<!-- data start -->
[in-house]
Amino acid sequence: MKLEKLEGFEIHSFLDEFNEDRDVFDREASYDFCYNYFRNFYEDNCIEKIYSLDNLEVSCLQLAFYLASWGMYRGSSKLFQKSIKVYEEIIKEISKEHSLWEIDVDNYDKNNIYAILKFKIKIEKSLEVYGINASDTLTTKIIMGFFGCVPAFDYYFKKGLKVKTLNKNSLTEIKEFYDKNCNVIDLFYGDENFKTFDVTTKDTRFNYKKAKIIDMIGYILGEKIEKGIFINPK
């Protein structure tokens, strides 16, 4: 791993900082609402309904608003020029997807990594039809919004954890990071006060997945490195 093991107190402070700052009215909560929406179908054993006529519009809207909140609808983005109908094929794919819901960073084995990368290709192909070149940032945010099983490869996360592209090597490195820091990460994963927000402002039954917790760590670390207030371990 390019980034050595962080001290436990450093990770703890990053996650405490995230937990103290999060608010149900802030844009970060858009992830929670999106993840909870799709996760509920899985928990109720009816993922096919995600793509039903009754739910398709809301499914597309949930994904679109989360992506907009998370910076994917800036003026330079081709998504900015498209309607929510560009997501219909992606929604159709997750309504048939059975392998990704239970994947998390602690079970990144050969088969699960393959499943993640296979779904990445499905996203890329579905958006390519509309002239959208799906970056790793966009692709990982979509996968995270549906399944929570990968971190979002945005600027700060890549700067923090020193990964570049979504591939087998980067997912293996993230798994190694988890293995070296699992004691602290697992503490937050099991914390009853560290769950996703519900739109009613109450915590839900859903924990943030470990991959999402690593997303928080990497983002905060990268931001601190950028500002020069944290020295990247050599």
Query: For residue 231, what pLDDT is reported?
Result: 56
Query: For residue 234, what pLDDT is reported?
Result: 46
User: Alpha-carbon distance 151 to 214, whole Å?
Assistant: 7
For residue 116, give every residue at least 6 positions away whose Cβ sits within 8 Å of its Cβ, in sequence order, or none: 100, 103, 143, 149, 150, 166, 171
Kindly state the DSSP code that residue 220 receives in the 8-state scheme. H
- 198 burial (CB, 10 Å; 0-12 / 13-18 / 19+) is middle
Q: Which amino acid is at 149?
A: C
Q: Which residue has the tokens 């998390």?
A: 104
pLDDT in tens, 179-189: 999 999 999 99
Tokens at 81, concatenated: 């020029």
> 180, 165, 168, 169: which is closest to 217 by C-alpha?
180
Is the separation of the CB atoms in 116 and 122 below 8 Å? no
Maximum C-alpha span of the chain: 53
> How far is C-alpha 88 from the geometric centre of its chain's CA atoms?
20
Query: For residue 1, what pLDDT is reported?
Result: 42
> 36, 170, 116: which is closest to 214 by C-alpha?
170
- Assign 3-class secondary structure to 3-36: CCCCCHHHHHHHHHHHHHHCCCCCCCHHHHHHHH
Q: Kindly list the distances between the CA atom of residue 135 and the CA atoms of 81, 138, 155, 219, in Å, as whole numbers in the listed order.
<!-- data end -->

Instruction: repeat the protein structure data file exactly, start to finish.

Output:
[in-house]
Amino acid sequence: MKLEKLEGFEIHSFLDEFNEDRDVFDREASYDFCYNYFRNFYEDNCIEKIYSLDNLEVSCLQLAFYLASWGMYRGSSKLFQKSIKVYEEIIKEISKEHSLWEIDVDNYDKNNIYAILKFKIKIEKSLEVYGINASDTLTTKIIMGFFGCVPAFDYYFKKGLKVKTLNKNSLTEIKEFYDKNCNVIDLFYGDENFKTFDVTTKDTRFNYKKAKIIDMIGYILGEKIEKGIFINPK
């Protein structure tokens, strides 16, 4: 791993900082609402309904608003020029997807990594039809919004954890990071006060997945490195 093991107190402070700052009215909560929406179908054993006529519009809207909140609808983005109908094929794919819901960073084995990368290709192909070149940032945010099983490869996360592209090597490195820091990460994963927000402002039954917790760590670390207030371990 390019980034050595962080001290436990450093990770703890990053996650405490995230937990103290999060608010149900802030844009970060858009992830929670999106993840909870799709996760509920899985928990109720009816993922096919995600793509039903009754739910398709809301499914597309949930994904679109989360992506907009998370910076994917800036003026330079081709998504900015498209309607929510560009997501219909992606929604159709997750309504048939059975392998990704239970994947998390602690079970990144050969088969699960393959499943993640296979779904990445499905996203890329579905958006390519509309002239959208799906970056790793966009692709990982979509996968995270549906399944929570990968971190979002945005600027700060890549700067923090020193990964570049979504591939087998980067997912293996993230798994190694988890293995070296699992004691602290697992503490937050099991914390009853560290769950996703519900739109009613109450915590839900859903924990943030470990991959999402690593997303928080990497983002905060990268931001601190950028500002020069944290020295990247050599």
Query: For residue 231, what pLDDT is reported?
Result: 56
Query: For residue 234, what pLDDT is reported?
Result: 46
User: Alpha-carbon distance 151 to 214, whole Å?
Assistant: 7
For residue 116, give every residue at least 6 positions away whose Cβ sits within 8 Å of its Cβ, in sequence order, or none: 100, 103, 143, 149, 150, 166, 171
Kindly state the DSSP code that residue 220 receives in the 8-state scheme. H
- 198 burial (CB, 10 Å; 0-12 / 13-18 / 19+) is middle
Q: Which amino acid is at 149?
A: C
Q: Which residue has the tokens 């998390």?
A: 104
pLDDT in tens, 179-189: 999 999 999 99
Tokens at 81, concatenated: 């020029």
> 180, 165, 168, 169: which is closest to 217 by C-alpha?
180
Is the separation of the CB atoms in 116 and 122 below 8 Å? no
Maximum C-alpha span of the chain: 53
> How far is C-alpha 88 from the geometric centre of its chain's CA atoms?
20
Query: For residue 1, what pLDDT is reported?
Result: 42
> 36, 170, 116: which is closest to 214 by C-alpha?
170
- Assign 3-class secondary structure to 3-36: CCCCCHHHHHHHHHHHHHHCCCCCCCHHHHHHHH
Q: Kindly list the distances between the CA atom of residue 135 and the CA atoms of 81, 138, 155, 219, in Å, as whole numbers in the listed order.